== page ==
BonnieC. September 21, 2021
Oh come on now - it was just a cute reference/title. No one in their right mind took this as an insult to the Germanic meaning of a "schnitzel". Get real.

Oh - & it's certainly not a "blob". If you don't like it, don't read it/don't cook it. I doubt anyone will care.
 
Robin September 21, 2021
🙄
 
Andrew W. September 22, 2021
If you had taken the time to do a little research you might have learned that vegetarians in central europe make schnitzel out of all sorts of things that aren't meat, including gouda cheese, and the only people who say anything about it are the kind of people who are jerks to vegetarians. Maybe when defending "other's culinary traditions" you should be sure you should be sure that they care first.
 
Carrie September 21, 2021
Watched the video and just wanted to say, “Schnitz-arella!” is what you are looking for. 😜
 
Sharon R. September 21, 2021
Brilliance!
 
[email protected] September 21, 2021
Recipe appears to be missing the step of dredging the mozzarella in flour (presumably that’s the purpose of the flour included in the recipe list).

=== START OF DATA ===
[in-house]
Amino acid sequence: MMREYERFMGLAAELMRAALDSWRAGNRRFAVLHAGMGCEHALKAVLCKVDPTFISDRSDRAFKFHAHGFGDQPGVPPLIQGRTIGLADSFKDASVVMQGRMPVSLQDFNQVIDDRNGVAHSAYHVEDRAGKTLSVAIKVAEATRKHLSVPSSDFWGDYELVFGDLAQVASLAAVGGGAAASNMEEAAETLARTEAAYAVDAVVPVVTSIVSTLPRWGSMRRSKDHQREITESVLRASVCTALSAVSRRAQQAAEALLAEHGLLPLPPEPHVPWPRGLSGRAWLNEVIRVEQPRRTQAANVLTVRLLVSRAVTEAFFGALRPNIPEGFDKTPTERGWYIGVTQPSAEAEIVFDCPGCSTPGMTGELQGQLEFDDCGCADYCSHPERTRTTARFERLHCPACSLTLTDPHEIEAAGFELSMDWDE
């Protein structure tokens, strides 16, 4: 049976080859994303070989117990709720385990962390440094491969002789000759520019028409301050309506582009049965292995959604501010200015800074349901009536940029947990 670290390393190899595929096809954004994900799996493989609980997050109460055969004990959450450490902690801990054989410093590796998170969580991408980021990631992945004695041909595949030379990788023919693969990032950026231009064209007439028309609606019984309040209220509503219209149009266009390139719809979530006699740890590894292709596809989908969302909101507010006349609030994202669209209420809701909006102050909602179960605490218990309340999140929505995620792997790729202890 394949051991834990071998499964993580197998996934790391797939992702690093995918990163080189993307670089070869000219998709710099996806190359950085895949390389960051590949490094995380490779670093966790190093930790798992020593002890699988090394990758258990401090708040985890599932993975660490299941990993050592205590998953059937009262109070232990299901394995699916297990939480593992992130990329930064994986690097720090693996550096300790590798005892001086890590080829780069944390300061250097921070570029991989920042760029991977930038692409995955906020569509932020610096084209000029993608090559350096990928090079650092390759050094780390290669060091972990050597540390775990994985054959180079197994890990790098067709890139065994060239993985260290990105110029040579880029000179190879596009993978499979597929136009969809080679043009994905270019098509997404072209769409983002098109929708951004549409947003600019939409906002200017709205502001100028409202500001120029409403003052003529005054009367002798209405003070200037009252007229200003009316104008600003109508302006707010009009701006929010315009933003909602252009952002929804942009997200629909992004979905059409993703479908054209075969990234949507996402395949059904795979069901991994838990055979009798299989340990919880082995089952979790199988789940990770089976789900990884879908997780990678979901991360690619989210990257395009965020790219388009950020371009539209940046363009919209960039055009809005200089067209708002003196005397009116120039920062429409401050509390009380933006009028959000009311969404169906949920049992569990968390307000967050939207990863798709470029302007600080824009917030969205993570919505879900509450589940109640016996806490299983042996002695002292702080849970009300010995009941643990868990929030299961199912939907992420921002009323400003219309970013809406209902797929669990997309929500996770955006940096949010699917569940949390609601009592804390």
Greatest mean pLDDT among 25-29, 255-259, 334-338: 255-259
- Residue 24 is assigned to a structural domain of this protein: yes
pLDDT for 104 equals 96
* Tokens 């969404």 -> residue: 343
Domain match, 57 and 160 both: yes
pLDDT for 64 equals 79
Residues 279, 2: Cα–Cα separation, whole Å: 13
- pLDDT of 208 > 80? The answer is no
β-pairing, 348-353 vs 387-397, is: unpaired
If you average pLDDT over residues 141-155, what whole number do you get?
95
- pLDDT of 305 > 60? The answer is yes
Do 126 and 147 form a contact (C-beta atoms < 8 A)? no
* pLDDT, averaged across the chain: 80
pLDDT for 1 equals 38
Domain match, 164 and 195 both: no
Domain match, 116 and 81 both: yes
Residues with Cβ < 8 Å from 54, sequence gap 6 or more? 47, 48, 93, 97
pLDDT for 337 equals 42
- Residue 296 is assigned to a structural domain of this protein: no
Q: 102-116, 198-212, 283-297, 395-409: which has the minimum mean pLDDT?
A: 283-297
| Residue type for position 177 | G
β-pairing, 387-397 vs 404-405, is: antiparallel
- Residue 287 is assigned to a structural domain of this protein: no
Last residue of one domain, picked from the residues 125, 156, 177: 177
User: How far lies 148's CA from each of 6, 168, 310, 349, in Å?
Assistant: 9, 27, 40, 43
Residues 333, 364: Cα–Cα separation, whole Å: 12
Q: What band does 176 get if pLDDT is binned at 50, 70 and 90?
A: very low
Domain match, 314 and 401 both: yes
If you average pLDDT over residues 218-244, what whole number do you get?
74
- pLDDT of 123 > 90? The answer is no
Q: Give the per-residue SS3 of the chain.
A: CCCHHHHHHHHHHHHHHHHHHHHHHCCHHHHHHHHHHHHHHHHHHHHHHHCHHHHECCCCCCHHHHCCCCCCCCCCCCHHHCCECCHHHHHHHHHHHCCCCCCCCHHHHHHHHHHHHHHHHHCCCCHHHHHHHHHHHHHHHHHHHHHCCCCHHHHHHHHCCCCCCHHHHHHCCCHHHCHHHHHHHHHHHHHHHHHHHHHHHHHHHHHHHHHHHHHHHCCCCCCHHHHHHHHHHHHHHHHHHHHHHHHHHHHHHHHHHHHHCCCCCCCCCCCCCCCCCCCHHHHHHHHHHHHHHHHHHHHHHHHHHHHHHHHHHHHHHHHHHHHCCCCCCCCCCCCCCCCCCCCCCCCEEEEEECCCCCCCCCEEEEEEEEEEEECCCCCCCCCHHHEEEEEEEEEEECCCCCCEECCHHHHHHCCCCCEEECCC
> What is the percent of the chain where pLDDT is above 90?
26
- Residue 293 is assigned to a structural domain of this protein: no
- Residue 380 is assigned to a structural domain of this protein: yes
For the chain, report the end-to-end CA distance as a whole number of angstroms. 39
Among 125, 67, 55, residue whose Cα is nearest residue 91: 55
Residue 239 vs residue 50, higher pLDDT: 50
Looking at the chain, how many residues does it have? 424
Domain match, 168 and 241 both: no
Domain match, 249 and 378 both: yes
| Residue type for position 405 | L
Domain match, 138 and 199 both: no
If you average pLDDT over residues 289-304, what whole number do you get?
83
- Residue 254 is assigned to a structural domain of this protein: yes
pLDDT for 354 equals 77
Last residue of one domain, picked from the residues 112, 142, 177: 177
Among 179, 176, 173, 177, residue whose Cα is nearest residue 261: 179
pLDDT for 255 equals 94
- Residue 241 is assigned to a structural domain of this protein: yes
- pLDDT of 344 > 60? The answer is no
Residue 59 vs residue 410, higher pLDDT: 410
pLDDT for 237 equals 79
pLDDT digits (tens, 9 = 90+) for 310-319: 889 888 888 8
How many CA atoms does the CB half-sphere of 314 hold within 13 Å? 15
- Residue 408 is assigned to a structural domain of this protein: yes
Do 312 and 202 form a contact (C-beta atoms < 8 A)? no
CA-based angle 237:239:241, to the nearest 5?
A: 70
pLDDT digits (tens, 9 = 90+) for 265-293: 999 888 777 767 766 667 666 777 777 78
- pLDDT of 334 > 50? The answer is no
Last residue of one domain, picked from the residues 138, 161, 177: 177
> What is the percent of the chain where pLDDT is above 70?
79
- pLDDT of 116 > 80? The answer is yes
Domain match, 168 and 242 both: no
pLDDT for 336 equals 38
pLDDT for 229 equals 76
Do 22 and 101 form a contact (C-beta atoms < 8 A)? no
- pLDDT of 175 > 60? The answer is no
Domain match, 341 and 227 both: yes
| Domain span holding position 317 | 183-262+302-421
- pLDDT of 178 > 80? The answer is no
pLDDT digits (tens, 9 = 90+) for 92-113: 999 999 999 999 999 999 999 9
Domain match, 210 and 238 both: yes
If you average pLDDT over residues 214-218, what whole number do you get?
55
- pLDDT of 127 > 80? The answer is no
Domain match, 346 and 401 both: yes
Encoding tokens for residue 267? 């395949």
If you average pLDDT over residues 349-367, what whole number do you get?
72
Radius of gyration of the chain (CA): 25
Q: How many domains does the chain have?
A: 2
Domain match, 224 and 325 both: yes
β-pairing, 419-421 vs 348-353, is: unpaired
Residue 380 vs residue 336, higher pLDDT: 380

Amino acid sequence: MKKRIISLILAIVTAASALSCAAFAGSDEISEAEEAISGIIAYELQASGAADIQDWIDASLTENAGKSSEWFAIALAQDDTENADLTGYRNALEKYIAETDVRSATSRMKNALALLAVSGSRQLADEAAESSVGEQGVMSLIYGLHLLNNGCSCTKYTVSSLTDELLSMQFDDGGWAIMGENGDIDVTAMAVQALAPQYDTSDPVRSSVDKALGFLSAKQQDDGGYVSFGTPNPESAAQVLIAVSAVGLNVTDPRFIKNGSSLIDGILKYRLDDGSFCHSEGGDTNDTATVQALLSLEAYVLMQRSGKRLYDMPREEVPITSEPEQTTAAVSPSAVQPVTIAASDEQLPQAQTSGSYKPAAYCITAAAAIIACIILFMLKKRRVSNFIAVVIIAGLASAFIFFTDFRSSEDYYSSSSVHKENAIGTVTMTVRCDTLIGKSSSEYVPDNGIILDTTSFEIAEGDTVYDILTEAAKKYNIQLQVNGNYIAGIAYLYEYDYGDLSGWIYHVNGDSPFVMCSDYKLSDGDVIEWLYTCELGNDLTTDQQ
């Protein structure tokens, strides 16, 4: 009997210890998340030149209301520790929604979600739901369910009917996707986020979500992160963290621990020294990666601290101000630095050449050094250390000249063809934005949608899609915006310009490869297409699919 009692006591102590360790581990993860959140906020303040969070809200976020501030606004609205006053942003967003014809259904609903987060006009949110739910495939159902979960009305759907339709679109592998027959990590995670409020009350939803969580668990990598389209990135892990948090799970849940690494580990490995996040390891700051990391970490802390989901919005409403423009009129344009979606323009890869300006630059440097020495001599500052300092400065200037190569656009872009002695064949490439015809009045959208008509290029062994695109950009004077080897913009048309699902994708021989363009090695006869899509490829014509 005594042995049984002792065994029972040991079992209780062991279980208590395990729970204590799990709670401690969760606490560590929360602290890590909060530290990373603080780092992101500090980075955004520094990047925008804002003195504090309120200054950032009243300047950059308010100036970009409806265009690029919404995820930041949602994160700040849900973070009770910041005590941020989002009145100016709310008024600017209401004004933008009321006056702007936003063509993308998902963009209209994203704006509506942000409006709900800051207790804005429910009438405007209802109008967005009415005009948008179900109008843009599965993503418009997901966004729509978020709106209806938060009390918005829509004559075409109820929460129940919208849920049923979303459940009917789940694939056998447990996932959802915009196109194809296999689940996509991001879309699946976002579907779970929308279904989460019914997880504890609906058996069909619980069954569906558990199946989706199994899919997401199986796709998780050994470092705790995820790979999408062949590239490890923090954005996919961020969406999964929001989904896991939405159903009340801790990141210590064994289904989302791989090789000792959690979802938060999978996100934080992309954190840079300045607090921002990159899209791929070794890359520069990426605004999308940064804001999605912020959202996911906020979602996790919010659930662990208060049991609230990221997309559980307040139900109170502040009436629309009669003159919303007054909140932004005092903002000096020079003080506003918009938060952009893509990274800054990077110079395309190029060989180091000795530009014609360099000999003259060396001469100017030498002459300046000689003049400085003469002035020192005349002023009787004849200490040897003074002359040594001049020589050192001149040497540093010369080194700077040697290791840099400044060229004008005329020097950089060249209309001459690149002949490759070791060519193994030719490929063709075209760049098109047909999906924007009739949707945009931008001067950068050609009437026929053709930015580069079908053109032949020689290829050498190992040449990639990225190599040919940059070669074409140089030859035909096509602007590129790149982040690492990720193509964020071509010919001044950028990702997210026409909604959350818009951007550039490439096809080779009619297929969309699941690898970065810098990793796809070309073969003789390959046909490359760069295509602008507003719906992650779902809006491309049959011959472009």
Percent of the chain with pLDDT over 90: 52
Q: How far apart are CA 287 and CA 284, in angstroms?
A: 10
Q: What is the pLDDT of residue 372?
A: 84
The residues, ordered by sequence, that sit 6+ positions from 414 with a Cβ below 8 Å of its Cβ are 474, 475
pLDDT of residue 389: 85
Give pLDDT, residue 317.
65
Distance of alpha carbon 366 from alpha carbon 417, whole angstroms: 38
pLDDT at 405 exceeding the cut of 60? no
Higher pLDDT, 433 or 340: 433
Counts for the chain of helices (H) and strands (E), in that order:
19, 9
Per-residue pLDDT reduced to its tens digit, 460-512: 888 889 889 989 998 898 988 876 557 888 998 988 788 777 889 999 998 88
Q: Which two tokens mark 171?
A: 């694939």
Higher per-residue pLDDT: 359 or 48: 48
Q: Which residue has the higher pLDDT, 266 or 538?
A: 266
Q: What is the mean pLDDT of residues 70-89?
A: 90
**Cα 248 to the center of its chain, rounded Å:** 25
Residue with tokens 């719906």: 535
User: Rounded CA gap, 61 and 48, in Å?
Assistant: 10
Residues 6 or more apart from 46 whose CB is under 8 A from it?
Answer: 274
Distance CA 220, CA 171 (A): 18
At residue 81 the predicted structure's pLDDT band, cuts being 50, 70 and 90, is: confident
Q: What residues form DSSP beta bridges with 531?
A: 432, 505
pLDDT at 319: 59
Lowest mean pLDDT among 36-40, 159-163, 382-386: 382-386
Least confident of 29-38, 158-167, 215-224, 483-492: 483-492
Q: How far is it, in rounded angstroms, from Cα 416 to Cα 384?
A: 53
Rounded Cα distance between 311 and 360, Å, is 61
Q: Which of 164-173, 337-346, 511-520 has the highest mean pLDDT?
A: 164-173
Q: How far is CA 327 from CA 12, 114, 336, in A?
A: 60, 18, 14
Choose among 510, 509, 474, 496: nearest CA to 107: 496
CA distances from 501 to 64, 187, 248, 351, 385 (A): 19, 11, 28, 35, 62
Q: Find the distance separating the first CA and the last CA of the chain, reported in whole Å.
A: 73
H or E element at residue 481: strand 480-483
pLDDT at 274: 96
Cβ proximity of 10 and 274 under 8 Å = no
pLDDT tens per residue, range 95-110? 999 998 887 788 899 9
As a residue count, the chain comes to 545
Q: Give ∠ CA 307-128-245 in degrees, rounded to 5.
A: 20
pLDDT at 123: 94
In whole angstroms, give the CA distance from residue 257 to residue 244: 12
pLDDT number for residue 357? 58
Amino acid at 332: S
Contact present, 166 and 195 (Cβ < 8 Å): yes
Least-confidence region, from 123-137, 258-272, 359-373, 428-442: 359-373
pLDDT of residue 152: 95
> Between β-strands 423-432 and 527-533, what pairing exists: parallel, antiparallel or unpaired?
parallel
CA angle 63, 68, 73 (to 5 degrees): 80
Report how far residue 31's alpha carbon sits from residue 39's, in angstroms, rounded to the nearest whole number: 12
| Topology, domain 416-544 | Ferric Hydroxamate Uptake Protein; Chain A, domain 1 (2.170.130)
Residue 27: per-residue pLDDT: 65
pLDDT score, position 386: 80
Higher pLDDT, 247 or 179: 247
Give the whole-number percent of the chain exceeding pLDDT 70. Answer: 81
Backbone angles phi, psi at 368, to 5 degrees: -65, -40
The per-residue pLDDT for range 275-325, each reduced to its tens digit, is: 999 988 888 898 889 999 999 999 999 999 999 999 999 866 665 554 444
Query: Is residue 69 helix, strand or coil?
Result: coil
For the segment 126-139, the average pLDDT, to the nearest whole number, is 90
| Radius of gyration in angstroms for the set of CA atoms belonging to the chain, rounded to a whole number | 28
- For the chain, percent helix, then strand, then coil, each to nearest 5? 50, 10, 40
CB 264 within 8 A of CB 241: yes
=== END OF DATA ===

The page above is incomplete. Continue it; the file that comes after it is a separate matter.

Does anyone edit/proof/check recipes before they are published.
 
Author Comment
Emma L. September 21, 2021
Hi! The recipe does include the flour—in step two, where you set up the dredging station, and step four, where you dredge the mozzarella.
 
[email protected] September 21, 2021
My oops- must have badly misread the instructions!
 
Connie B. September 26, 2021
No, I don't think you did Douglas....the flour step is missing in the opening narrative so 'we' read correctly. :-)
 
BonnieC. September 21, 2021
Our favorite upscale country Mediterranean/Italian restaurant offers something like this as an appetizer. They call it "Mozzarella Fritta" & it's absolutely DELICIOUS!!! Instead of low-moisture mozzarella, they use slices of fresh & I imagine cook it for less time. They serve it with a "light lemon anchovy sauce" & fried parsley sprigs, & the whole thing together is mouthwatering. I can't wait to try this Food52 version.
 
Author Comment
Emma L. September 21, 2021
Yum! Love anything with anchovies.
 
Andrew W. September 22, 2021
What a great idea! I am totally going to make Mozzarella Picatta now!
 
Achefwannabe September 25, 2021
Stop it. I will be frying cheese daily with all these variations.
 
FrugalCat September 21, 2021
This would be awesome on top of a thin burger. Just saying.
 
Author Comment
Emma L. September 21, 2021
Would be very awesome.
 
Achefwannabe September 25, 2021
Touché.